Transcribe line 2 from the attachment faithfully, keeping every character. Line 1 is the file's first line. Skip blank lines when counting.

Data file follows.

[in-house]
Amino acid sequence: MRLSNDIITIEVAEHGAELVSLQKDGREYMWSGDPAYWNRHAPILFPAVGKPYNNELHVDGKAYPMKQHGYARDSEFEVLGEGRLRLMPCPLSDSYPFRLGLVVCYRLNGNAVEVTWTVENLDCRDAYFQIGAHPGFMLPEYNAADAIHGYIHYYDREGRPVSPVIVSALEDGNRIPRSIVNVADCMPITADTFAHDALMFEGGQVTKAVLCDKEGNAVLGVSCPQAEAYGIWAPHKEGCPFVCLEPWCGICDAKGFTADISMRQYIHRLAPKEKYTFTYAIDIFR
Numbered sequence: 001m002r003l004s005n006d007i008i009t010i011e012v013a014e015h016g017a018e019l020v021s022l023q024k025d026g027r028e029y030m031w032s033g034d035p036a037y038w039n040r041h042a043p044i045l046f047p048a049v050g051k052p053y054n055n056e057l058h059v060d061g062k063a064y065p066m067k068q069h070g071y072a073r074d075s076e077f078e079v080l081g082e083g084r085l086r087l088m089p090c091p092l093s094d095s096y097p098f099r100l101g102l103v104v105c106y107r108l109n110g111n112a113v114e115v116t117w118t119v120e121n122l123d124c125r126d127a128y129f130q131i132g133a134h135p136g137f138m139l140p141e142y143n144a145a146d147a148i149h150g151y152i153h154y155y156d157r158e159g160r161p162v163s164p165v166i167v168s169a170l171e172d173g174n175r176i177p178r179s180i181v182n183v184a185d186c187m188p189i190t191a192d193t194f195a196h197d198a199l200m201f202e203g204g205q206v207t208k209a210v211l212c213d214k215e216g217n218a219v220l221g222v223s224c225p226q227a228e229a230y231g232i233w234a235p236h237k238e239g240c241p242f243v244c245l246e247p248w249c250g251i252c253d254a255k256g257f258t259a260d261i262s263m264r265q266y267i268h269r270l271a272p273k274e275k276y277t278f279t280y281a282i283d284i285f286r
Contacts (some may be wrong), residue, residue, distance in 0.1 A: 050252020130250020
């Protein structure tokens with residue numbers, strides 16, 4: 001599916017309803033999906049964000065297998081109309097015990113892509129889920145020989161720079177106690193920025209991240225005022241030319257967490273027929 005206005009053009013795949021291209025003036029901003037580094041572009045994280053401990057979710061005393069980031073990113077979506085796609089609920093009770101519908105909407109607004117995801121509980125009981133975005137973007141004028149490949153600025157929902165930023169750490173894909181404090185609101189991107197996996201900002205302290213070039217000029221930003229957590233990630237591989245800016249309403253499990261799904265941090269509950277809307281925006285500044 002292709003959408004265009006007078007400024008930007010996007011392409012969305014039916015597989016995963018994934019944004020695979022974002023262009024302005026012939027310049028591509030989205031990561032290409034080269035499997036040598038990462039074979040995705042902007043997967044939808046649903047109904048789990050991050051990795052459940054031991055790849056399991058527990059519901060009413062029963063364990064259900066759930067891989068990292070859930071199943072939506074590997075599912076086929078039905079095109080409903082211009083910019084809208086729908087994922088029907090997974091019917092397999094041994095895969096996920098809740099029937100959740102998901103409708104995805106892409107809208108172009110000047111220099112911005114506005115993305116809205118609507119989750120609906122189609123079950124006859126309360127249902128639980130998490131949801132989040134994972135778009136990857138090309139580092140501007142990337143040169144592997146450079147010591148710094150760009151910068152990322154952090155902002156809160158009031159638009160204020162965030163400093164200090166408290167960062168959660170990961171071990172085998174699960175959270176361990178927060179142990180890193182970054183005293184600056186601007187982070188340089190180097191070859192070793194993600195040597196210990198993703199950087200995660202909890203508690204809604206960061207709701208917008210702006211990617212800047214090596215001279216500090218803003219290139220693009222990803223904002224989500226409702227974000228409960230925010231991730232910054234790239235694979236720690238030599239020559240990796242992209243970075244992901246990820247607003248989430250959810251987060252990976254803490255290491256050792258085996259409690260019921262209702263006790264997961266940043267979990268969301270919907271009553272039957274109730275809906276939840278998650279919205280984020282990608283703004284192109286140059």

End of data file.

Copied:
Amino acid sequence: MRLSNDIITIEVAEHGAELVSLQKDGREYMWSGDPAYWNRHAPILFPAVGKPYNNELHVDGKAYPMKQHGYARDSEFEVLGEGRLRLMPCPLSDSYPFRLGLVVCYRLNGNAVEVTWTVENLDCRDAYFQIGAHPGFMLPEYNAADAIHGYIHYYDREGRPVSPVIVSALEDGNRIPRSIVNVADCMPITADTFAHDALMFEGGQVTKAVLCDKEGNAVLGVSCPQAEAYGIWAPHKEGCPFVCLEPWCGICDAKGFTADISMRQYIHRLAPKEKYTFTYAIDIFR